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Man slaps Doctor for merely touching wife for the purpose of Medical Examination, denied Bail
Kochi: Observing that attack against doctors, while examining the patients, merely because they touched on the body of the patients could not be encouraged at all, the Kerala High Court has denied anticipatory bail to a man who slapped a doctor, alleging that the latter had misbehaved towards his wife and touched her body.The Single Judge Bench of Justice A. Badharudeen averred that...
Kochi: Observing that attack against doctors, while examining the patients, merely because they touched on the body of the patients could not be encouraged at all, the Kerala High Court has denied anticipatory bail to a man who slapped a doctor, alleging that the latter had misbehaved towards his wife and touched her body.
The Single Judge Bench of Justice A. Badharudeen averred that doctors cannot clinically examine patients without touching them. He was of the view that granting anticipatory bail in such a case would lead to a 'dangerous situation', whereby doctors, who are duty bound to treat patients as part of their oath, would not get protection and the the proper maintenance of health of the public at large would also be in peril.
The court was examining a bail application filed by a resident of Palakkad, accused of slapping a doctor. The prosecution case was that, when the complainant doctor was doing on-call duty, he had examined the wife of the accused at casualty attached to Star Med Family Clinic, Karukaputhoor. While so, the accused caught hold on the medical practitioner's collar and slapped on his left cheek alleging that he touched on the body of the accused's wife.
The petitioner was therefore alleged to have committed offences punishable. Pursuant to the doctor’s complaint, the petitioner-accused was booked under relevant sections of IPC and also under Kerala Healthcare Service Persons and Healthcare Service Institutions Act of 2012.
The petitioner then filed the instant pre-arrest bail plea.
It was submitted by the learned counsel for the petitioner that the petitioner was innocent and the allegations are false. According to the learned counsel for the petitioner, "This case was registered as a counterblast to avoid legal consequence, which would arise out of the case lodged by the wife of the accused."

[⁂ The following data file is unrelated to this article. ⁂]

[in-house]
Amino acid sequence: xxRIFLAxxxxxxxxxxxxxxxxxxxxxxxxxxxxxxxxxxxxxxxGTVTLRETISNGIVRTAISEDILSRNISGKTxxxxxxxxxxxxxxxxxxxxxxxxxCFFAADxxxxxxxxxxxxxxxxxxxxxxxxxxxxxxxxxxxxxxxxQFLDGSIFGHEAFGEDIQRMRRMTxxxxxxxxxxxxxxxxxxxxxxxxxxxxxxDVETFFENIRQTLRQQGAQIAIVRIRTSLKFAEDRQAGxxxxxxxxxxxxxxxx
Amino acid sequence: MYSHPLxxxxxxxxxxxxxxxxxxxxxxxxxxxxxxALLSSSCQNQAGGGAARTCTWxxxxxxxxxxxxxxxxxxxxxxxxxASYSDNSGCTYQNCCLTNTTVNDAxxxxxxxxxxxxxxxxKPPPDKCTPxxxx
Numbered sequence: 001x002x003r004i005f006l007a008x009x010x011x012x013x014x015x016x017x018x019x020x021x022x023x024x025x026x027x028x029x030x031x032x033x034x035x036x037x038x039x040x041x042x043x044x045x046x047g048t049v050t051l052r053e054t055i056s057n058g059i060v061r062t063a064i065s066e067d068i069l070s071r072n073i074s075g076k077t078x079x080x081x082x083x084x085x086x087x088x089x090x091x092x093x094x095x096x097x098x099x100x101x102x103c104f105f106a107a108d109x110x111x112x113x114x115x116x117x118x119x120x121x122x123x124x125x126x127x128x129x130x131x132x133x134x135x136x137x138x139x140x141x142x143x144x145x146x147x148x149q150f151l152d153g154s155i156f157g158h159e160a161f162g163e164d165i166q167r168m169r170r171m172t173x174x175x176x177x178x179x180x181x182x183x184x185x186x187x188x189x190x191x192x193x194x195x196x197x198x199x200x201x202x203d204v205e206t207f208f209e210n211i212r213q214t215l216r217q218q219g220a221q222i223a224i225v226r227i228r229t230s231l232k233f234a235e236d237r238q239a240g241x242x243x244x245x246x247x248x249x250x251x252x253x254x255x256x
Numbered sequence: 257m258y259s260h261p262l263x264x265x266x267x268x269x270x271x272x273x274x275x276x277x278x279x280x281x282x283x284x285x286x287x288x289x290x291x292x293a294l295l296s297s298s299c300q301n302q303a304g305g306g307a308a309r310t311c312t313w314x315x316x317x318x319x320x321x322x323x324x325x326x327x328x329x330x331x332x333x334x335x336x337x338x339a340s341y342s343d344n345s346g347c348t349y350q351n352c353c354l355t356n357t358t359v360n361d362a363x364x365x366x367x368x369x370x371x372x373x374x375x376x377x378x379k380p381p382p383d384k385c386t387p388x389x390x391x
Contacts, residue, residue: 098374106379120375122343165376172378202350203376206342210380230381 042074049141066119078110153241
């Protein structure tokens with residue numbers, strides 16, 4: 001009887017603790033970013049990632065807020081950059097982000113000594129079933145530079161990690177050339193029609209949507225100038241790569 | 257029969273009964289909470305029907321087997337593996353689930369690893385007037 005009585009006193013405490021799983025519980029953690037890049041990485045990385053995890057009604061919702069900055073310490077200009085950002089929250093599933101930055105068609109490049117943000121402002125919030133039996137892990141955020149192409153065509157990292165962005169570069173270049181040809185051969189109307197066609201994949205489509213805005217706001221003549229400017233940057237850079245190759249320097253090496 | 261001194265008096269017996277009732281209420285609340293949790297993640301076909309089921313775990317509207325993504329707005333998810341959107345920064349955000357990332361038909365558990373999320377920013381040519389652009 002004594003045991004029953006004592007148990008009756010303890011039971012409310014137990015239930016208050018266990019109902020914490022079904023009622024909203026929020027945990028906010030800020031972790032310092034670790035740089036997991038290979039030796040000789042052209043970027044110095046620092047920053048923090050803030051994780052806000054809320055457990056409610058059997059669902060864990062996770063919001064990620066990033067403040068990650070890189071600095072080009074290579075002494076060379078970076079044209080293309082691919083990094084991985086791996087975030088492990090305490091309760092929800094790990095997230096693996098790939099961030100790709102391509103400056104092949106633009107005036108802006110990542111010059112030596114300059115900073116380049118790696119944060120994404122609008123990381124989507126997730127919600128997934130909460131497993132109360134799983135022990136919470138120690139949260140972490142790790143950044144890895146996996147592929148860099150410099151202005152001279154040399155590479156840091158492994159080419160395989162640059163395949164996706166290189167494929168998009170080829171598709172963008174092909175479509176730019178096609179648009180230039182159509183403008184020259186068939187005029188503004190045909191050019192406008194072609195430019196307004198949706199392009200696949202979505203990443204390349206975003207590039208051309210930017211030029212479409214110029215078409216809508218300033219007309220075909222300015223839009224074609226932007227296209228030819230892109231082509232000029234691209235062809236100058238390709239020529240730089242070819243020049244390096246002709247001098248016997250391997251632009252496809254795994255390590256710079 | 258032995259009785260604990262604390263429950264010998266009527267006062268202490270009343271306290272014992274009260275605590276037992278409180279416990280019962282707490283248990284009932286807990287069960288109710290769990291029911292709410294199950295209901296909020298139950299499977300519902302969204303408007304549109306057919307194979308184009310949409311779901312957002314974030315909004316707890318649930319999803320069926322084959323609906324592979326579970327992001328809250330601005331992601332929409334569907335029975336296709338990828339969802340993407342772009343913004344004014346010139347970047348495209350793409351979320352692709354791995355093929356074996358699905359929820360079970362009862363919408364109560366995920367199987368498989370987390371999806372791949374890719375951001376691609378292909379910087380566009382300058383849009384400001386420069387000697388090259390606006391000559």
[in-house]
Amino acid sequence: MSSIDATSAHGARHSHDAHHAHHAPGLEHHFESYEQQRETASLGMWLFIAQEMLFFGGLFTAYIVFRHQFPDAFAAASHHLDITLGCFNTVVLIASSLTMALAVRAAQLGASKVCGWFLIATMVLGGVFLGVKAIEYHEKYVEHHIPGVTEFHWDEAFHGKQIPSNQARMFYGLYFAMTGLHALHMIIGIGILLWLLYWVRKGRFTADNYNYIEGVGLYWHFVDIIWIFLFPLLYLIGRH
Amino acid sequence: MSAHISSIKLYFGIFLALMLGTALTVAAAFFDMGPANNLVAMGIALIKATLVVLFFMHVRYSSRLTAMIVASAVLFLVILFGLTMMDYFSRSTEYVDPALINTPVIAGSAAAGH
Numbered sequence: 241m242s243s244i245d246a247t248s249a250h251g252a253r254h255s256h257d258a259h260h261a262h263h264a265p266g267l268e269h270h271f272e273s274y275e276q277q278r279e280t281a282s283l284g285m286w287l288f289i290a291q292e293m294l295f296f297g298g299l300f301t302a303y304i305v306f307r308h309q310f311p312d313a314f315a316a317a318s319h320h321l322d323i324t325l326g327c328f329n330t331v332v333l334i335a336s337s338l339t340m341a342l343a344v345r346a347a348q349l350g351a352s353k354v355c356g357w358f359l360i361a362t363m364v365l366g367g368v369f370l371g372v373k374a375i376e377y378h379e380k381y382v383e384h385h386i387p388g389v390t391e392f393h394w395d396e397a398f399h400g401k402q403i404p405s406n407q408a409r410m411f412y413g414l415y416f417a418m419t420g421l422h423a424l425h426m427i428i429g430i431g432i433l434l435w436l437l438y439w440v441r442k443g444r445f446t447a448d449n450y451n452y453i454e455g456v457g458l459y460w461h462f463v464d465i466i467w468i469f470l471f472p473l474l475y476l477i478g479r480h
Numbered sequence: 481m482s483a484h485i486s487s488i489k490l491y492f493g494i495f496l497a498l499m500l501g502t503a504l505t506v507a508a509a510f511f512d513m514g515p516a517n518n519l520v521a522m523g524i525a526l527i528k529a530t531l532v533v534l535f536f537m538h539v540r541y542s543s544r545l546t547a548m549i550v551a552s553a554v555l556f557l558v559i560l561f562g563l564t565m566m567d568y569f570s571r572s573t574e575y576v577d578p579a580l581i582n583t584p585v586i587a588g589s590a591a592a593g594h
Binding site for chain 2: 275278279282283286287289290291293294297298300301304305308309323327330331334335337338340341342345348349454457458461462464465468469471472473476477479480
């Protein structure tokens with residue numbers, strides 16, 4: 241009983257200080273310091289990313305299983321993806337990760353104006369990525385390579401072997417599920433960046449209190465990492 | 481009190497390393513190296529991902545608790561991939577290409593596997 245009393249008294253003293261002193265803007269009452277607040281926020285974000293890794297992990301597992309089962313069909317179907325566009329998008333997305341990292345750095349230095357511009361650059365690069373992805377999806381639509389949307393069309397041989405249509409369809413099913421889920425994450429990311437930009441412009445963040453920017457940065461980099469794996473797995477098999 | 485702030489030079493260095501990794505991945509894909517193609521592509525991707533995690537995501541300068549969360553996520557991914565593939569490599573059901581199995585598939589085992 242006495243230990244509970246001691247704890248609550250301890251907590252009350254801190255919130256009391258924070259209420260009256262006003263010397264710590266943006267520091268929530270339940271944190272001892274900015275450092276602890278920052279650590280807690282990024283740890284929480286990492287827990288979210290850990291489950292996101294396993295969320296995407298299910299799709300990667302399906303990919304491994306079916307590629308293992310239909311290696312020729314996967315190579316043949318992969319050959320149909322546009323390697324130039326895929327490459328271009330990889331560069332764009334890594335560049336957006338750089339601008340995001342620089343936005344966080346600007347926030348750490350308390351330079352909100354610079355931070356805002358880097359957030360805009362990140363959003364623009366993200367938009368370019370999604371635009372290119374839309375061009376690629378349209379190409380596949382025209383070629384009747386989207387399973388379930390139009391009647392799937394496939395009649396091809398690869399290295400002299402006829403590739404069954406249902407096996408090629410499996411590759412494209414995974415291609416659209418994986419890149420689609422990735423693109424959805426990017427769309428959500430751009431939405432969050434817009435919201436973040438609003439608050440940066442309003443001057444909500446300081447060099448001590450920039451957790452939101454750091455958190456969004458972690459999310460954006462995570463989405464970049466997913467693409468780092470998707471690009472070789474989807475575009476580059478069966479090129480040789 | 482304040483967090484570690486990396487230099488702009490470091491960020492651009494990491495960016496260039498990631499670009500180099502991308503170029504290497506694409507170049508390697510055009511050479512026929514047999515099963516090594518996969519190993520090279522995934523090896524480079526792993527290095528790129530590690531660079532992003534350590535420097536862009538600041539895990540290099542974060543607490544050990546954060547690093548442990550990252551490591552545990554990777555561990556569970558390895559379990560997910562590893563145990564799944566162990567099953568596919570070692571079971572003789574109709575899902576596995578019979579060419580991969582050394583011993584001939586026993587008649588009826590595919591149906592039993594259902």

However, the learned Public Prosecutor strongly opposed bail submitting that the petitioner, who had criminal antecedents, and was already in four crimes, had manhandled the doctor while the latter was examining his wife , on the allegation that he touched her body. He submitted;
"Now attack against doctors are on high alarm and therefore, doctors are under threat and fear, apprehending their implication in crimes, while they will be doing their duty by examining the patients by way of clinical examinations. Therefore, threat against doctors would be detrimental to the interest of people at large. Thus it is submitted that this is not a fit case to grant anticipatory bail, where prosecution allegations are well made out."
The court perused the case records and concluded that the allegation of misbehaviour at the option of the doctor, that has been pointed out by the learned counsel for the petitioner, alleged to be committed in the presence of two sisters and in an open space at the casualty of the hospital cannot be believed prima facie. "It is relevant to note further that the allegation of misbehaviour was raised, after registration of this crime," the court added.
The court opined;
"Doctors, who had turmoiled their energy and time to learn the method of treating patients, when examining patients clinically, they cannot do the said exercise without touching the patients. If a patient, who wants treatment, is aggrieved in the matter of touch on the body of the petitioner as part of examination, it is difficult for a doctor to do his medical profession by resorting to clinical examination. The same would include placing of Stethoscope on the left chest portion of the patient to observe and evaluate the heart beat. At the same time, this Court is conscious of the fact that all allegations on the ground of misbehaviour by overstepping the limit of the doctor while examining patients are false. Genuine cases of such nature could not be ruled out in toto. But generally, it could be held that truth of those allegations should be evaluated from the materials and attending circumstances to separate the grain from the chaff."
Regarding the instant case, the court noted;
"Attack against the doctor at the instance of the petitioner is well made out and in such a case, if the petitioner is granted anticipatory bail, it would lead to a very dangerous situation, thereby, doctors, who are duty bound to treat patients as part of their oath, will not get protection and if so, the proper maintenance of health of the public at large would be in peril. In such case, arrest and custodial interrogation are absolutely necessary to accomplish successful investigation and eventful prosecution."
Subsequently, it held;
"Therefore, in such cases, grant of anticipatory bail, when prima facie the offences are made out, would not only spoil the investigation but would lead to traumatic situation. Therefore, I am not inclined to allow this petition. In the result, this bail application stands dismissed."
To view the original order, click on the link below:
Farhat Nasim joined Medical Dialogue an Editor for the Business Section in 2017. She Covers all the updates in the Pharmaceutical field, Policy, Insurance, Business Healthcare, Medical News, Health News, Pharma News, Healthcare and Investment. She is a graduate of St.Xavier’s College Ranchi. She can be contacted at firstname.lastname@example.org Contact no. 011-43720751